On board Region Bretagne CMB Performance Gaston Morvan and Claire Le Berre in seventh place Photo © Region Betagne CMB Performance
Transat Paprec, into an uncertain night
The 11 duos racing the Transat Paprec passed Cape Finisterre from lunchtime today after a fast approach across the second half of the Bay of Biscay when they saw winds of 25-30kts.
Camille Bertel and Pierre Leboucher (Cap Ingélec) were still in the lead, setting the pace down the north Portuguese coast. With all of the fleet taking the shortest route, inside the Cape Finisterre TSS, they have seen their lead cut to less than a mile over Skipper MACIF (Loïs Berrehar / Charlotte Yven) and Mutuelle Bleue (Corentin Horeau / Pauline Courtois) as they emerge from the east side of the exclusion zone.
The second night at sea was much tougher than the first in the strong gusty winds, "The night was wet. It was fast and sport There was quite a bit of wind, we were under spinnaker and we didn't get much sleep." Reported Arnaud Machado (Groupe Hélios – From Léman to the Ocean) at the 10:00 a.m. radio session this morning.
Erwan Tabarly, coach of the Pole Finistère, who won this race from Concarneau to Saint Barth's when it was the AG2R predicted today, "The wind will be very unstable after they have passed the TSS. Then it will really ease off at the southern tip of the TSS. They will see about 5 knots of wind with a slight westerly swell. It is difficult to see precisely what will happen after that because they are getting into a transition zone. That means even boats close to each other may see very different wind conditions. It will be a complicated, challenging evening and night."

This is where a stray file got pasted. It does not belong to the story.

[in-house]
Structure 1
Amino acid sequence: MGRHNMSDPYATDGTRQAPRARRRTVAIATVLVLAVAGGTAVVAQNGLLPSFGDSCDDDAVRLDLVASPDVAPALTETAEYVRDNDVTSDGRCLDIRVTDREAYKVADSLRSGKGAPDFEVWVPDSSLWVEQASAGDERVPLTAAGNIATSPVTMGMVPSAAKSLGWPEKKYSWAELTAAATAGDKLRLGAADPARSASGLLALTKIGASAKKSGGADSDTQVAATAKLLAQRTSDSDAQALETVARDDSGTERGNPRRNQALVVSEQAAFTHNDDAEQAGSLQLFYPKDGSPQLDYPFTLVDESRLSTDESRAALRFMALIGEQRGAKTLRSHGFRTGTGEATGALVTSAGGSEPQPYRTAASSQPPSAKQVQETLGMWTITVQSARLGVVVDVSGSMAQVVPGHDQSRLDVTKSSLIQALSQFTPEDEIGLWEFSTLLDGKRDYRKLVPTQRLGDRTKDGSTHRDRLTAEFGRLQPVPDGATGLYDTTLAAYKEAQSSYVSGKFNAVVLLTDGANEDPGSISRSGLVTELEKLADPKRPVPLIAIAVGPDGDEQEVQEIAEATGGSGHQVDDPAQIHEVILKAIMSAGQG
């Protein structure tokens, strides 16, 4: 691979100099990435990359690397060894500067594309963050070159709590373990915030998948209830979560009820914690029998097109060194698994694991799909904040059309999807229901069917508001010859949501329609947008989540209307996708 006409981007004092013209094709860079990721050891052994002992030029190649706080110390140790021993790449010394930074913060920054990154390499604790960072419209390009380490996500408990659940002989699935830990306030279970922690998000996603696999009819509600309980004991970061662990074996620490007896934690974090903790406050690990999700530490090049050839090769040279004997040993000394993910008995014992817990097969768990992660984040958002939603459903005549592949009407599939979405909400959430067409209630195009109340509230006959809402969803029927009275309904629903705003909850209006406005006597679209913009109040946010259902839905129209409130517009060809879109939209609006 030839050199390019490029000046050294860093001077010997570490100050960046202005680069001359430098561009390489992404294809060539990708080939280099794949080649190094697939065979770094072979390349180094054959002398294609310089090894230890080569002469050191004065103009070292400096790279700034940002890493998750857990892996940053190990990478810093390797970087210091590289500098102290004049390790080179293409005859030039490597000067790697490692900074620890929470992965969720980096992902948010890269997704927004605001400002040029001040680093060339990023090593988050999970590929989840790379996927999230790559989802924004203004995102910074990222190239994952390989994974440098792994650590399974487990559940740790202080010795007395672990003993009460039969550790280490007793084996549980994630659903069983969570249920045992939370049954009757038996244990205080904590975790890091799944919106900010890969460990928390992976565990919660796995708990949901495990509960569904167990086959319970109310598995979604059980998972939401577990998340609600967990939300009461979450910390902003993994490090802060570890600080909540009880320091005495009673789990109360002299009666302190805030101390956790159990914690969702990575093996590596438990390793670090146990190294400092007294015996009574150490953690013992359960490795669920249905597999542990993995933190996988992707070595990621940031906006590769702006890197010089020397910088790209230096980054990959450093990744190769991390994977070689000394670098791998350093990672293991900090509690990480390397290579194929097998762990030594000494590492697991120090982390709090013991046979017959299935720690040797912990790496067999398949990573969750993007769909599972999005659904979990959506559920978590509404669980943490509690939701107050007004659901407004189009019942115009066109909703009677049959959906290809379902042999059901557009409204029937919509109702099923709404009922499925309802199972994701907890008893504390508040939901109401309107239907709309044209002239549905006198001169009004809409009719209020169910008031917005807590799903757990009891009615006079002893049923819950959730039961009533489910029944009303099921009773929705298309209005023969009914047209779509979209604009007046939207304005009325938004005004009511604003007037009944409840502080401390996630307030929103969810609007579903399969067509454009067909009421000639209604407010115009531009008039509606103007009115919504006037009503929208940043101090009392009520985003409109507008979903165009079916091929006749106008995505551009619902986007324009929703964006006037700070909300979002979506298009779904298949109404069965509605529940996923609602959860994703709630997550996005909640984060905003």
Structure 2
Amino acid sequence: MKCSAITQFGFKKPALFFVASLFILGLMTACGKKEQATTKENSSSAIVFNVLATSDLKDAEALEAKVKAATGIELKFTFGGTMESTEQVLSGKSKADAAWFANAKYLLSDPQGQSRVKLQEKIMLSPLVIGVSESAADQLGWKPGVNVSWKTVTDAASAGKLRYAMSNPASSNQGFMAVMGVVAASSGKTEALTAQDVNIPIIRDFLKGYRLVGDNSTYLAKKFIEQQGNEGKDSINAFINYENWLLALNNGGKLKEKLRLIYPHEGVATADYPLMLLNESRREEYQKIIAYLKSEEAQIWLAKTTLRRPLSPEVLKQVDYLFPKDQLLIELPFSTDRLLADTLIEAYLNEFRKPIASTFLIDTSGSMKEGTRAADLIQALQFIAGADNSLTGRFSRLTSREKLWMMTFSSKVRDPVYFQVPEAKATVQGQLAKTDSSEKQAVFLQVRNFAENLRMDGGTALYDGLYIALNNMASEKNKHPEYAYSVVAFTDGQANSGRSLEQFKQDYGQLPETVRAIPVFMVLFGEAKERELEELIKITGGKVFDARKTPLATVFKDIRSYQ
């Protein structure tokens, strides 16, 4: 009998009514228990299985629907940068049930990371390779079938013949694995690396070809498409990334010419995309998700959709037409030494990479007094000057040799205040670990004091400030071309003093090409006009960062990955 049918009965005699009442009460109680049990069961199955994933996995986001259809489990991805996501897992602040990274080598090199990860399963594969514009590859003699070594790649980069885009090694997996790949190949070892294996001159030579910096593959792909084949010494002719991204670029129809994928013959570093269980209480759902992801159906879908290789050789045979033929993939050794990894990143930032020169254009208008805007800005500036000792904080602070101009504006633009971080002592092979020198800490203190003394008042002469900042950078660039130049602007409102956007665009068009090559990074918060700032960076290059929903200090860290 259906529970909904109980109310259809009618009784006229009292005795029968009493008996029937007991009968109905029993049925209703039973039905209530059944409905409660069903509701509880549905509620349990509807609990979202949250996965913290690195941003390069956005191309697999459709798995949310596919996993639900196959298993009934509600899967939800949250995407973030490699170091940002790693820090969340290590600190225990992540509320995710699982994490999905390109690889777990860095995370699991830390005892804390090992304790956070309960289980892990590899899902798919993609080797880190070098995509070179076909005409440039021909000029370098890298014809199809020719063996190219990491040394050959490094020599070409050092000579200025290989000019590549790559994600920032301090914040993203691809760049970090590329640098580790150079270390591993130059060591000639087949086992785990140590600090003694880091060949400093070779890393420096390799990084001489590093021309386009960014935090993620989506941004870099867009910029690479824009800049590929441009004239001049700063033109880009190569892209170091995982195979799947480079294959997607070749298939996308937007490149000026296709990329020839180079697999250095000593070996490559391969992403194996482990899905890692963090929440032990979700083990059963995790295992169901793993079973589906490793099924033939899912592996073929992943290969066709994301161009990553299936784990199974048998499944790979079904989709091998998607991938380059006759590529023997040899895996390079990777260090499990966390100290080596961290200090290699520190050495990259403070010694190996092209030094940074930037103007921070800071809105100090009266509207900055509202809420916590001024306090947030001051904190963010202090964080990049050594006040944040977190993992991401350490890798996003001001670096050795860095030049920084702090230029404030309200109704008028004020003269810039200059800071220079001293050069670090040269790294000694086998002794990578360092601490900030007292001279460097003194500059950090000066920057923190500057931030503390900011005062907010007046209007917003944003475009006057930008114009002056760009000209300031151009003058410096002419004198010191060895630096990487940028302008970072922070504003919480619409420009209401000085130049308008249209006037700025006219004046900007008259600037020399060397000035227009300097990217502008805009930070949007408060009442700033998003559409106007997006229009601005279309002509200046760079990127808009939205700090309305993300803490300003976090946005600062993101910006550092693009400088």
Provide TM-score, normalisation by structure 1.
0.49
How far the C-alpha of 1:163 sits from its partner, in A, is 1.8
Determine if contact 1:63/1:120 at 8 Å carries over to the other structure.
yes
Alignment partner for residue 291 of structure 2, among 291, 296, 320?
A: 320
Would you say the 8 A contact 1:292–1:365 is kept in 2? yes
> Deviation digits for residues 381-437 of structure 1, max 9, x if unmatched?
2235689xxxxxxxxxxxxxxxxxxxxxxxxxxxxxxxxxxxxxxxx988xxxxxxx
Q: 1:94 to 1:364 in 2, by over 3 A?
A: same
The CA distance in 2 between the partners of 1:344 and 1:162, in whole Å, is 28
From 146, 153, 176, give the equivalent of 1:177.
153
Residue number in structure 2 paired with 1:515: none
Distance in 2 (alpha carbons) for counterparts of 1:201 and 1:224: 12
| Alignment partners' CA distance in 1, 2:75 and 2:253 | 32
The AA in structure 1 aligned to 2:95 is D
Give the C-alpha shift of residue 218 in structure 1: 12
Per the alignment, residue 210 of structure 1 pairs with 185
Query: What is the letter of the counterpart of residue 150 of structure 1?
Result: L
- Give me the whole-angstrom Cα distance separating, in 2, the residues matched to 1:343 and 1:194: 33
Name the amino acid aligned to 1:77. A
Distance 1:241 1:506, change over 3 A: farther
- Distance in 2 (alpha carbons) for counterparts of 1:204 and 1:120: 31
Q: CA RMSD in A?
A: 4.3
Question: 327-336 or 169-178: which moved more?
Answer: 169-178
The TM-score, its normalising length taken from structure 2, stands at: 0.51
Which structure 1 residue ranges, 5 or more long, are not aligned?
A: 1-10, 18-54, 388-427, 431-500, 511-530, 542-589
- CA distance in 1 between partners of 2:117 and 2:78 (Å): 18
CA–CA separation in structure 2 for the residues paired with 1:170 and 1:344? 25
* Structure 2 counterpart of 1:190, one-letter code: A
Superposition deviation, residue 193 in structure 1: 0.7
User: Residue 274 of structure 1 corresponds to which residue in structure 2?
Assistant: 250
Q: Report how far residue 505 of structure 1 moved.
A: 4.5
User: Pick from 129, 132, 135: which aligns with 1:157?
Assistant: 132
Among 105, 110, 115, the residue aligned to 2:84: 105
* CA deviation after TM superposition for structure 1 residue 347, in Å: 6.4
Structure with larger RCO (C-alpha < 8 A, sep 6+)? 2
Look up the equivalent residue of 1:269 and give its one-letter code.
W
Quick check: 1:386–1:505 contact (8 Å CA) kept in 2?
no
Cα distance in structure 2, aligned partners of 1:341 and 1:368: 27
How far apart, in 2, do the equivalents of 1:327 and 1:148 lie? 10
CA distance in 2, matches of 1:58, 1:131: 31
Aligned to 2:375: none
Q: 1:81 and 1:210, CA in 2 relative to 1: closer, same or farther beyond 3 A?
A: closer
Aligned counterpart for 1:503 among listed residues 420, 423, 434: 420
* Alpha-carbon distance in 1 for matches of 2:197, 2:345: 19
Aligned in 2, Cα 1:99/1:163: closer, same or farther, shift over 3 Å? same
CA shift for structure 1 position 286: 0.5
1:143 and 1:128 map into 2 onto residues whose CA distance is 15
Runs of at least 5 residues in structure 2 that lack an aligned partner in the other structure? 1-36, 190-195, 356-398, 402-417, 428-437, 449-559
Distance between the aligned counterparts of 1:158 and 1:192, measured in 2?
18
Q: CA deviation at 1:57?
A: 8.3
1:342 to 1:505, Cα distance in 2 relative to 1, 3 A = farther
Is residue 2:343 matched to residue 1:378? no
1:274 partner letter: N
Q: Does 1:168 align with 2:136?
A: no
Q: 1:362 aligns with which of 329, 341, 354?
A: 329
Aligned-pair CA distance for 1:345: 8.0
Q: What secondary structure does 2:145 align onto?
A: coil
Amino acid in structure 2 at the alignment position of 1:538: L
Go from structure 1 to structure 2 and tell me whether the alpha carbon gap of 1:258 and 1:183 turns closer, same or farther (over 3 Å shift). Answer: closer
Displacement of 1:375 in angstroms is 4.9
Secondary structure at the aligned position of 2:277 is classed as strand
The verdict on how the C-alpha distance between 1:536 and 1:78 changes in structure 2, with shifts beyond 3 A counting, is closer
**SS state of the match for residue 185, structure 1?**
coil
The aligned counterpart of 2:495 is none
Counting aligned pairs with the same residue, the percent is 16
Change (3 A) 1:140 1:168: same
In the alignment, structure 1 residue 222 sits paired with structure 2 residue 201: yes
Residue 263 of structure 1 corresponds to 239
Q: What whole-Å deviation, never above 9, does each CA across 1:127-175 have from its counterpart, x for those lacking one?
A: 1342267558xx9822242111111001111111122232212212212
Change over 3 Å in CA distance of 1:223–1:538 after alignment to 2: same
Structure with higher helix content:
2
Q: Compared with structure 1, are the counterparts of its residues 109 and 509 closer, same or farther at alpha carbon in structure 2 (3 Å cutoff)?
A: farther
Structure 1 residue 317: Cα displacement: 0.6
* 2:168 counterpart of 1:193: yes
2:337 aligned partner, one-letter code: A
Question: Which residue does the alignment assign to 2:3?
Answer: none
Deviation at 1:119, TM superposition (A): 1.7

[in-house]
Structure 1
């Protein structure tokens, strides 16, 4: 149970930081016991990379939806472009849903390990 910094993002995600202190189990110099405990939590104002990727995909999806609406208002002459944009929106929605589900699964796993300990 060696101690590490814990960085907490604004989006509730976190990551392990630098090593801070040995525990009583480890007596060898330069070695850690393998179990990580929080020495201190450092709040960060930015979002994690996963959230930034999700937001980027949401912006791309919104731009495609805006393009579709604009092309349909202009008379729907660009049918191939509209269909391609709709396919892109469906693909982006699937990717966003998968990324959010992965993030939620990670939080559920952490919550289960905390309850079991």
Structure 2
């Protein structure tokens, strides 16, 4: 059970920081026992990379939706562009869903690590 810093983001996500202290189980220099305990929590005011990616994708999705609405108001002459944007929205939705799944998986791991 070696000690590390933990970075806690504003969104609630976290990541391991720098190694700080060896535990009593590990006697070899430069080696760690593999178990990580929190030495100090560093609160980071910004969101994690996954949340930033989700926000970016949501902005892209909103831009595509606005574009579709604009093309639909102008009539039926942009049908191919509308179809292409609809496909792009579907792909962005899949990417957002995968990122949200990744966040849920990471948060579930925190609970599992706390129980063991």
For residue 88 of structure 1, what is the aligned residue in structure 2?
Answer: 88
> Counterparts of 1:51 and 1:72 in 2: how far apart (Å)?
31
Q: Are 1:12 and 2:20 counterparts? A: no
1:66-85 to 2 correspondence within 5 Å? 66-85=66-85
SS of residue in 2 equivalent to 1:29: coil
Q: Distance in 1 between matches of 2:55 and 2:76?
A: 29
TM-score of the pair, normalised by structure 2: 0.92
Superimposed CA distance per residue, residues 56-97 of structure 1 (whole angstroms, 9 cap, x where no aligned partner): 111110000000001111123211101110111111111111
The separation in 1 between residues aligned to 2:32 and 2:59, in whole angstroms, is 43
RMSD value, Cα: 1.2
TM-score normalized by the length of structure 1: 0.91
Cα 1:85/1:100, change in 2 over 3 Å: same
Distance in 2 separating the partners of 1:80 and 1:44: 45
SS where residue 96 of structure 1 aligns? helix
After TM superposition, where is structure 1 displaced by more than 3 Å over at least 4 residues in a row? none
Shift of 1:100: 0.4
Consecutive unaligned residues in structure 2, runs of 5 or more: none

"The wind will turn south ahead of a cold front from a disturbance that will circulate off the Atlantic," explains Cyrille Duchesne, meteorologist at Météo Consult. "The sailors will pick up speed off the Iberian coast but will be sailing downwind in a wind that will force them to put some southwesterly in their course. Throughout Wednesday morning, the southerly wind will finally build to between ten and 15 knots."
Tabarly cites the exit of a high pressure ridge at Madeira as a critical stage of the course which takes the fleet first to a turning mark NW of La Palma in the Canary Islands.